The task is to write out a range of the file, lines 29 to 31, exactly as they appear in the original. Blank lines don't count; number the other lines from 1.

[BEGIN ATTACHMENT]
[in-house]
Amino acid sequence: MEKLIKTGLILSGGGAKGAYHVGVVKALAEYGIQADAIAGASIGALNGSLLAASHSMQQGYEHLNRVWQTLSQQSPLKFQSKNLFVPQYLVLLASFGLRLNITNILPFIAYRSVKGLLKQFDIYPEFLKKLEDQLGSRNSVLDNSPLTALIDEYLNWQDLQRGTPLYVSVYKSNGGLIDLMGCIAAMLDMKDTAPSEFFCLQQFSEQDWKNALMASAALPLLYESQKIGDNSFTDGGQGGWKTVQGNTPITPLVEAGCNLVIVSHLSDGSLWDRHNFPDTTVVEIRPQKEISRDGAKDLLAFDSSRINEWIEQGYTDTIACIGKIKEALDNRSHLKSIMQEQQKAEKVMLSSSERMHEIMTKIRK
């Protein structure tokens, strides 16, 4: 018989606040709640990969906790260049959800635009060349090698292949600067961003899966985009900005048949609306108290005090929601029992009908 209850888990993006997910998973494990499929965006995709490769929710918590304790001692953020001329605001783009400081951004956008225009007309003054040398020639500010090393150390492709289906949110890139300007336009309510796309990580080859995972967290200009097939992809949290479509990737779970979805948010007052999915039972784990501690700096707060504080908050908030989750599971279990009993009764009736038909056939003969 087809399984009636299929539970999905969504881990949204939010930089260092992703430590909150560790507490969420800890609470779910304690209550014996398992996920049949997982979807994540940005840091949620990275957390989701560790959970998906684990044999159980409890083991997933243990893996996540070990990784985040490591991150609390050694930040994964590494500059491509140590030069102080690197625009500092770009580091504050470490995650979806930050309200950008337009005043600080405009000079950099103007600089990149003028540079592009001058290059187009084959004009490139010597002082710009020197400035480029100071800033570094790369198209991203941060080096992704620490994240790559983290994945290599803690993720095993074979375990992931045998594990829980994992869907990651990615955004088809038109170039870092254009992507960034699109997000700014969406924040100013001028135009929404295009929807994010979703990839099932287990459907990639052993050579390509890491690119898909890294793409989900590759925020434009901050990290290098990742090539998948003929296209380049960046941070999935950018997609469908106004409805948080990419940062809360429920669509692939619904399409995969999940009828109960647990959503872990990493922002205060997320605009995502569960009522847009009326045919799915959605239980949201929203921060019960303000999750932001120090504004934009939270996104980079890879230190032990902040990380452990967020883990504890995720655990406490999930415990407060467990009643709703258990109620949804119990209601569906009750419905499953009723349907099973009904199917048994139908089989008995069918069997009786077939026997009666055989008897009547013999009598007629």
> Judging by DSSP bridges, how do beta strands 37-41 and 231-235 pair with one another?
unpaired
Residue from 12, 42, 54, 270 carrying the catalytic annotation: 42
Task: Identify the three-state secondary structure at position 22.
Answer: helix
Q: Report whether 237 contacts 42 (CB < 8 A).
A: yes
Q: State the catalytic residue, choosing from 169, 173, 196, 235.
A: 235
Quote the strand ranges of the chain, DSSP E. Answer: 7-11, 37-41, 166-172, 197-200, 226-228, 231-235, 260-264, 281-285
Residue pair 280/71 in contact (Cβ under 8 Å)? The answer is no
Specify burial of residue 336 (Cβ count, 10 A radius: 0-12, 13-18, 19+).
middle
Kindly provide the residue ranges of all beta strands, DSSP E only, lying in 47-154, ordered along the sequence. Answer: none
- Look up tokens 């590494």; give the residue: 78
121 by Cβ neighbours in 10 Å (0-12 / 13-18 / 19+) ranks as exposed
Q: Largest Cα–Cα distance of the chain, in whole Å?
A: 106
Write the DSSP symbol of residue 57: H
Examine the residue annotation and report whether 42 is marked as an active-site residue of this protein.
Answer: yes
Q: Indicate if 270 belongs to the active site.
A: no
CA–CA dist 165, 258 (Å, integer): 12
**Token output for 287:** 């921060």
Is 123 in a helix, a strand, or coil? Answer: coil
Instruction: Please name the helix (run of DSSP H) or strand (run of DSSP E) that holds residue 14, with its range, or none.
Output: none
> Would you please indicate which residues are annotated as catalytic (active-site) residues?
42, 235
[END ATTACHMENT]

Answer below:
Is 123 in a helix, a strand, or coil? Answer: coil
Instruction: Please name the helix (run of DSSP H) or strand (run of DSSP E) that holds residue 14, with its range, or none.
Output: none